2) The Spousal or Common-Law Partner Amount

The spousal or common-law partner amount is a tax credit that you can claim when filing your taxes if you are married or in a common-law partnership. It is an amount equal to the lowest personal amount that the Canada Revenue Agency (CRA) has set for the year, and it reduces the amount of tax you owe.

To be eligible to claim this credit, you must have been married or in a common-law partnership with your spouse or common-law partner at the end of the tax year for which you are filing. You also must have not lived apart from your spouse or common-law partner for 90 days or more during the tax year and you must have not claimed the eligible dependant amount for any other person.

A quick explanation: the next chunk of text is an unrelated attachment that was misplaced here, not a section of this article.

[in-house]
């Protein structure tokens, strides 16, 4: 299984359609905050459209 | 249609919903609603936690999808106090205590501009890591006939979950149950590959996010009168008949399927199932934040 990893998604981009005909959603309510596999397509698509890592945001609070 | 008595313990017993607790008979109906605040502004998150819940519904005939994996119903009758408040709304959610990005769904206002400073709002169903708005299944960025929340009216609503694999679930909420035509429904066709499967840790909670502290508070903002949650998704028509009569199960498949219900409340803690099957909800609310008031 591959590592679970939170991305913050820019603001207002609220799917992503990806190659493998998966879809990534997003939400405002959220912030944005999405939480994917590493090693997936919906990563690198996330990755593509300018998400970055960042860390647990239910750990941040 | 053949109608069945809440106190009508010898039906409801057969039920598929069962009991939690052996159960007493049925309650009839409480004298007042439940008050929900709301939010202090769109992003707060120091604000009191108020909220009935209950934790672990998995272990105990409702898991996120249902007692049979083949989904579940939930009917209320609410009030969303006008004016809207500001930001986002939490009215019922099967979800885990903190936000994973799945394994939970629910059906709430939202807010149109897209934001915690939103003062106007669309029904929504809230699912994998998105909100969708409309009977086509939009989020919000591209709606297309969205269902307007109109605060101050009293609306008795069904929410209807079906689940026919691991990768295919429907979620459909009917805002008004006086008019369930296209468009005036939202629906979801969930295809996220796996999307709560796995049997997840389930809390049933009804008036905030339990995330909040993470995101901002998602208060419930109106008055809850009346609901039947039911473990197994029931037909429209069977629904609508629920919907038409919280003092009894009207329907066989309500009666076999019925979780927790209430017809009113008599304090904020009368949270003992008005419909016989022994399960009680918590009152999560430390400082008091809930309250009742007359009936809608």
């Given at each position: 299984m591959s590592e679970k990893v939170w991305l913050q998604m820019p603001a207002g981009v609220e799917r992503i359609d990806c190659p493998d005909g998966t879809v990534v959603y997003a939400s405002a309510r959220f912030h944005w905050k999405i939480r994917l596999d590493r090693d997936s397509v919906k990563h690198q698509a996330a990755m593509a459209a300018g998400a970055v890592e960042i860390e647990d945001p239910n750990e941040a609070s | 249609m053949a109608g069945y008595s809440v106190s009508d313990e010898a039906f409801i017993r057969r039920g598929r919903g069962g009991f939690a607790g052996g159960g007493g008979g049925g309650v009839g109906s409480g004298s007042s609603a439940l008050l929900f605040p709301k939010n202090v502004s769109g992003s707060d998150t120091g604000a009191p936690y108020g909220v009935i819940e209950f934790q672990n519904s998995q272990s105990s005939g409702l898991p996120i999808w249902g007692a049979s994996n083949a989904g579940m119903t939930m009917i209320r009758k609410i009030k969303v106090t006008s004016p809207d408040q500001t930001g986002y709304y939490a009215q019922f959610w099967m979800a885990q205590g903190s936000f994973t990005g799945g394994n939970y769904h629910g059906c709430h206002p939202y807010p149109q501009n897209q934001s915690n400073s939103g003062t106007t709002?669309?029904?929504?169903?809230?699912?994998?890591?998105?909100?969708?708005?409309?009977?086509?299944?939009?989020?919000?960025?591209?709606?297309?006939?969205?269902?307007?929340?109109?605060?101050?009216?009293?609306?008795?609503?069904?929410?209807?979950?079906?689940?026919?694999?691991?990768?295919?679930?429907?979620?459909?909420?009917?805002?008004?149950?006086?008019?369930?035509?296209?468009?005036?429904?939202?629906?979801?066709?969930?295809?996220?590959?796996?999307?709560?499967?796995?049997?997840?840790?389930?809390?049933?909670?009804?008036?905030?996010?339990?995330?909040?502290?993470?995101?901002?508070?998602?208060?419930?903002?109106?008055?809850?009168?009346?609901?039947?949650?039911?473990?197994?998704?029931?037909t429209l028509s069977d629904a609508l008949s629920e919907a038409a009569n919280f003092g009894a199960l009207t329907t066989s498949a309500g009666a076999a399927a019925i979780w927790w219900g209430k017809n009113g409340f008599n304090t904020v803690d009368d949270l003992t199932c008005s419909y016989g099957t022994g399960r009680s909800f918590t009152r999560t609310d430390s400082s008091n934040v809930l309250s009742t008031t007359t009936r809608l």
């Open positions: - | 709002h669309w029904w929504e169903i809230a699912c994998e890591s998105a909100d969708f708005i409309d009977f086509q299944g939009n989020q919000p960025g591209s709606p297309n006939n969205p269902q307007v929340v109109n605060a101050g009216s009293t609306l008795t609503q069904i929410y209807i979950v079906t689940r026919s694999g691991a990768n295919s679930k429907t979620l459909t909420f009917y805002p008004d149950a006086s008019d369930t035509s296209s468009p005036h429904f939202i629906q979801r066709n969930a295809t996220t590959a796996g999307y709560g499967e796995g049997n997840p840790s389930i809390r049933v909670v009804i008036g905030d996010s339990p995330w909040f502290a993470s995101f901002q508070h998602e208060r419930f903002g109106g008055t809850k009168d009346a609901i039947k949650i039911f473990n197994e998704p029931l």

In addition, one partner must be a resident of Canada for income tax purposes for the entire year, or have died during the year. The other partner must have been a resident of Canada at some point in the tax year, even if they had departed before the end of it.

When claiming this credit, you must also provide your Social Insurance Number (SIN), as well as the SIN of your spouse or common-law partner. It’s important to note that both parties cannot claim this amount in the same year.

This credit can go a long way toward reducing your taxes and ultimately boosting your refund. It’s important to be aware of this credit so that you can take advantage of it when filing your taxes.

3) The Eligible Dependant Amount